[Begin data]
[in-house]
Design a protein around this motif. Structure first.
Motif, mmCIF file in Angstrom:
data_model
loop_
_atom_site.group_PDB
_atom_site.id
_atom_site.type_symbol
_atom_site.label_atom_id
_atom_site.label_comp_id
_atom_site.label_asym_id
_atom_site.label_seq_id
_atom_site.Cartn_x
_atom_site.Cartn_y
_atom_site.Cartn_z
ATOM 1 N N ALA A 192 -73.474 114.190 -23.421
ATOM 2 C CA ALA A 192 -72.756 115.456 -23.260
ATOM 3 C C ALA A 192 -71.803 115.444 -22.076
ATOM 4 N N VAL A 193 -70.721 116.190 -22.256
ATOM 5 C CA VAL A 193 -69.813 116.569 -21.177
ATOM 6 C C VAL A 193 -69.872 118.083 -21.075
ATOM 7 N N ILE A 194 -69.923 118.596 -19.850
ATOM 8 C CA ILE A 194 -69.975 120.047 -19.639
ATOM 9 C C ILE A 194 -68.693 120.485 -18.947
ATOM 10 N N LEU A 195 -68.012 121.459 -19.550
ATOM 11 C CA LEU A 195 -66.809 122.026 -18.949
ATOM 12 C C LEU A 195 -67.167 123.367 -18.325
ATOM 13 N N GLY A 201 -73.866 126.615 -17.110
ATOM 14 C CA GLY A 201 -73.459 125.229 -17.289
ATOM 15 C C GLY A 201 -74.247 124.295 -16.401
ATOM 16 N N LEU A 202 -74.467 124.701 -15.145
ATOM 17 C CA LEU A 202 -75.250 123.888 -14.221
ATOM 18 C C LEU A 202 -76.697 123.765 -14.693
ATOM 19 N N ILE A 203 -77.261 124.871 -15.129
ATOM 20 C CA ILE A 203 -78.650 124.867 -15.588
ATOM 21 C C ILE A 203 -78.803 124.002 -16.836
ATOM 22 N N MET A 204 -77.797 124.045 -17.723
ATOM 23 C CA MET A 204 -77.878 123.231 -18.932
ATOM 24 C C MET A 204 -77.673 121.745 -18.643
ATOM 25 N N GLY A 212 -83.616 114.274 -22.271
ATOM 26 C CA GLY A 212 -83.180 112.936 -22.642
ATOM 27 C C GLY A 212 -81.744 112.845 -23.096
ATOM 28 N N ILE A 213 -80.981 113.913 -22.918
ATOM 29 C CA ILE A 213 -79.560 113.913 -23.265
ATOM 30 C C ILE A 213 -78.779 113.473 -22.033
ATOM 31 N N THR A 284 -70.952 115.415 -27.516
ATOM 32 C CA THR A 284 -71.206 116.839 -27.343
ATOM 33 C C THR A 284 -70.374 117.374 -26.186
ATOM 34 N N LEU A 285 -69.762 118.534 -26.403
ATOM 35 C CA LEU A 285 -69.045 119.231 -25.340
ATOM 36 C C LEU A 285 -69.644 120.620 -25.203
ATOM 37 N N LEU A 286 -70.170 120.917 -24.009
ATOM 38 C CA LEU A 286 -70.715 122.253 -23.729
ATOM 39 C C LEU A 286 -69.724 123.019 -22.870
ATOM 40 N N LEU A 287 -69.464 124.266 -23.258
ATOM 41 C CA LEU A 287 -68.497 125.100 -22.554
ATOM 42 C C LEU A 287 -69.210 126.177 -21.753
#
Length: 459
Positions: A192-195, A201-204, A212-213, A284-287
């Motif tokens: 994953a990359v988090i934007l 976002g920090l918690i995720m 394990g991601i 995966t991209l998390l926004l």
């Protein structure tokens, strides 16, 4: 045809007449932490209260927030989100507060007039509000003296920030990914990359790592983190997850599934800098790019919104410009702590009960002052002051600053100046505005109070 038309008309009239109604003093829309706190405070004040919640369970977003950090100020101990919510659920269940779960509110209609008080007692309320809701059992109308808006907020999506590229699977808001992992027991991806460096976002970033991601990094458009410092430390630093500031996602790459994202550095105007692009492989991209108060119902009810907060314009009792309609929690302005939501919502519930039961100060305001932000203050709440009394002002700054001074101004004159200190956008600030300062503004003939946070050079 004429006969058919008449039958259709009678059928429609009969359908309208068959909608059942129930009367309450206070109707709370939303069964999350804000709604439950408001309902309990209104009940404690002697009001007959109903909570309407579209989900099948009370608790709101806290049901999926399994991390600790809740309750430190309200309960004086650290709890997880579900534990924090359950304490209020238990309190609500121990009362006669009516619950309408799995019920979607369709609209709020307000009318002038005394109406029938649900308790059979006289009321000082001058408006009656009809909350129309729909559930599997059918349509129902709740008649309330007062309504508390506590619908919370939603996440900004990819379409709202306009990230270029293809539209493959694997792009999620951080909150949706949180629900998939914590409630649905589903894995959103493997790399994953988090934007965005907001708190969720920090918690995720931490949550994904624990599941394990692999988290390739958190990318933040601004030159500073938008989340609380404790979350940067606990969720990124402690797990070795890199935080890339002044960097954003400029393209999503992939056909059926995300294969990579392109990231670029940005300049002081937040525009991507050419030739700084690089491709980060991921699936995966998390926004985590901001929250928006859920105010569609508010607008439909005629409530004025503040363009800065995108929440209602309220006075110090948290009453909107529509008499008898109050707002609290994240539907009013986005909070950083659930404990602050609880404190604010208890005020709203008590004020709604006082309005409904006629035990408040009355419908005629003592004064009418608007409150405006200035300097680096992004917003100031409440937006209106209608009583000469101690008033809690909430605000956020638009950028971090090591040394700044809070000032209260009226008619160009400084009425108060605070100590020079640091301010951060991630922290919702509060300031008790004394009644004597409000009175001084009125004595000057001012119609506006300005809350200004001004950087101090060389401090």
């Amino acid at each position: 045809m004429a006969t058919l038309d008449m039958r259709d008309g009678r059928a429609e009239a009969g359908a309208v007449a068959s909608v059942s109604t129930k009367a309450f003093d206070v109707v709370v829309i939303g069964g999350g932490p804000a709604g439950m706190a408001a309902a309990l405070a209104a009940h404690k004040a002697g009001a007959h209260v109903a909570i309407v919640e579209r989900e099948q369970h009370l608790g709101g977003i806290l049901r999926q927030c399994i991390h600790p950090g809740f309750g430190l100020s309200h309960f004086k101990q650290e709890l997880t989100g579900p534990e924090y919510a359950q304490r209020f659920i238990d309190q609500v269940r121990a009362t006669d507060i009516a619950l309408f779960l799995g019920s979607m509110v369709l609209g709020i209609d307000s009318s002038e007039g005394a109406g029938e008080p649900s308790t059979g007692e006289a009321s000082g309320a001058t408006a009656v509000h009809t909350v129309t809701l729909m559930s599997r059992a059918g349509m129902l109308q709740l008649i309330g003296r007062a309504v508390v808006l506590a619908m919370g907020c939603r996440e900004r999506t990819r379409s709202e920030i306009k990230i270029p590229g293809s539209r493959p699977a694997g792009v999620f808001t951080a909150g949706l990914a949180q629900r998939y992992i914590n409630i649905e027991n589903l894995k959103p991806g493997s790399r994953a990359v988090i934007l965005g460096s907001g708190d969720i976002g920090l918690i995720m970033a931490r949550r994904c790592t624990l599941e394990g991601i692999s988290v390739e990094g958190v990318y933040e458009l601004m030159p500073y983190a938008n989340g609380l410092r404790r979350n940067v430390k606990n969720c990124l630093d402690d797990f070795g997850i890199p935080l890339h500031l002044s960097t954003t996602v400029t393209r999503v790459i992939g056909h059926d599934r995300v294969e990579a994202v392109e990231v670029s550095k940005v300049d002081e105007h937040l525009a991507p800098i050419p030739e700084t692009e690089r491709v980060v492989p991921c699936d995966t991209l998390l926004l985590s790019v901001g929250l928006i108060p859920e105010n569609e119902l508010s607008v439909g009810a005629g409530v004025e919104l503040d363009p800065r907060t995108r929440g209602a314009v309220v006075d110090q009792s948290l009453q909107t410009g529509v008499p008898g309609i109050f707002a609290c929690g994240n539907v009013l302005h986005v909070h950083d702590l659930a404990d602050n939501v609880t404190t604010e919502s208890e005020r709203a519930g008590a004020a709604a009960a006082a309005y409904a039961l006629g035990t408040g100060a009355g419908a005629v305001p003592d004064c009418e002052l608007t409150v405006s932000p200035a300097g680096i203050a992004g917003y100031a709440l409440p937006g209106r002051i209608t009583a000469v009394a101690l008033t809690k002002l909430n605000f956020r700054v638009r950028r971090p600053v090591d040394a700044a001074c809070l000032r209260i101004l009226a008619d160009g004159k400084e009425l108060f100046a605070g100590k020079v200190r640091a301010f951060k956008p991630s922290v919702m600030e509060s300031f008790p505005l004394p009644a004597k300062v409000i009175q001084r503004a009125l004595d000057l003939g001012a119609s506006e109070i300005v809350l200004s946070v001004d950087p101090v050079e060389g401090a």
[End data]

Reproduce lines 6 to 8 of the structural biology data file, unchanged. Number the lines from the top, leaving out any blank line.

_atom_site.group_PDB
_atom_site.id
_atom_site.type_symbol